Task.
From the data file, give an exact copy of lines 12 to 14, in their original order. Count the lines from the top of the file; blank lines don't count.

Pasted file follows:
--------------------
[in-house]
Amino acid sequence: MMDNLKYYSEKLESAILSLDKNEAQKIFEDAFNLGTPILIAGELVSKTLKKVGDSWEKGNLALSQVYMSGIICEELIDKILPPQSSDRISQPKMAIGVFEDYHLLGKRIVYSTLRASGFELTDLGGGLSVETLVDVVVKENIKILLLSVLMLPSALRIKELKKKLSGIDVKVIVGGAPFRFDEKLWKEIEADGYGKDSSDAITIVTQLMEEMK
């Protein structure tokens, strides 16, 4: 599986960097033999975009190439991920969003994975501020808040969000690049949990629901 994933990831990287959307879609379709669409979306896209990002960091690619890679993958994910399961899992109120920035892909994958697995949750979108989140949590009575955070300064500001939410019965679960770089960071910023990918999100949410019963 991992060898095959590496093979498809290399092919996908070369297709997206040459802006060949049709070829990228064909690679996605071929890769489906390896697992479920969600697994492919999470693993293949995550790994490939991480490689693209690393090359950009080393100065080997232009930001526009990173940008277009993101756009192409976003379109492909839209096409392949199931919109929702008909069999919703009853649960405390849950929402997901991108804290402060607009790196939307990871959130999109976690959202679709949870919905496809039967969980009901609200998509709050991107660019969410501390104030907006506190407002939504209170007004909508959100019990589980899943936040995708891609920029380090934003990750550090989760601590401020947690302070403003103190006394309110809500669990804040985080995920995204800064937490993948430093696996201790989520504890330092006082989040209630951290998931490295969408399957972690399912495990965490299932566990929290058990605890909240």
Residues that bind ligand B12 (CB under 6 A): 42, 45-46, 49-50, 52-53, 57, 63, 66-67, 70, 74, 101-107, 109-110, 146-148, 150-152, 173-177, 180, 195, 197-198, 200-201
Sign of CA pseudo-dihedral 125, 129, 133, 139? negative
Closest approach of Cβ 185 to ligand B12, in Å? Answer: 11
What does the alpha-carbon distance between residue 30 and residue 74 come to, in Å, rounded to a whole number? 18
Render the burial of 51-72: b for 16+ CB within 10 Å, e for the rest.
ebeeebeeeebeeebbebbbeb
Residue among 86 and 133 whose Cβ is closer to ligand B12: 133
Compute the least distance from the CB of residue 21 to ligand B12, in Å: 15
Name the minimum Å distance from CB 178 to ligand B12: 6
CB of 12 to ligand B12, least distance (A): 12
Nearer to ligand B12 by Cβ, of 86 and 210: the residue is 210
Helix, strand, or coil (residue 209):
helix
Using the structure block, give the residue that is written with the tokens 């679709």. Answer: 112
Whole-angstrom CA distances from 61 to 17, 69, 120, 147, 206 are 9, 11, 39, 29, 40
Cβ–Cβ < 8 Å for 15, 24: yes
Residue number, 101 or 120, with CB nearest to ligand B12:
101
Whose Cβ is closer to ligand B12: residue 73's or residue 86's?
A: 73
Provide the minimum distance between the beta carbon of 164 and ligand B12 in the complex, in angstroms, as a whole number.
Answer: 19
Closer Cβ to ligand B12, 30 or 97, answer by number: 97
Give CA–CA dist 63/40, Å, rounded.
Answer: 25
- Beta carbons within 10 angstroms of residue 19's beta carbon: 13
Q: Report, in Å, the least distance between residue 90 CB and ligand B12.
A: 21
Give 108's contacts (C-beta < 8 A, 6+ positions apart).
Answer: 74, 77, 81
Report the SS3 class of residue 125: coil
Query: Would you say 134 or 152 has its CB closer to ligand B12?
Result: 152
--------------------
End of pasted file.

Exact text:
Name the minimum Å distance from CB 178 to ligand B12: 6
CB of 12 to ligand B12, least distance (A): 12
Nearer to ligand B12 by Cβ, of 86 and 210: the residue is 210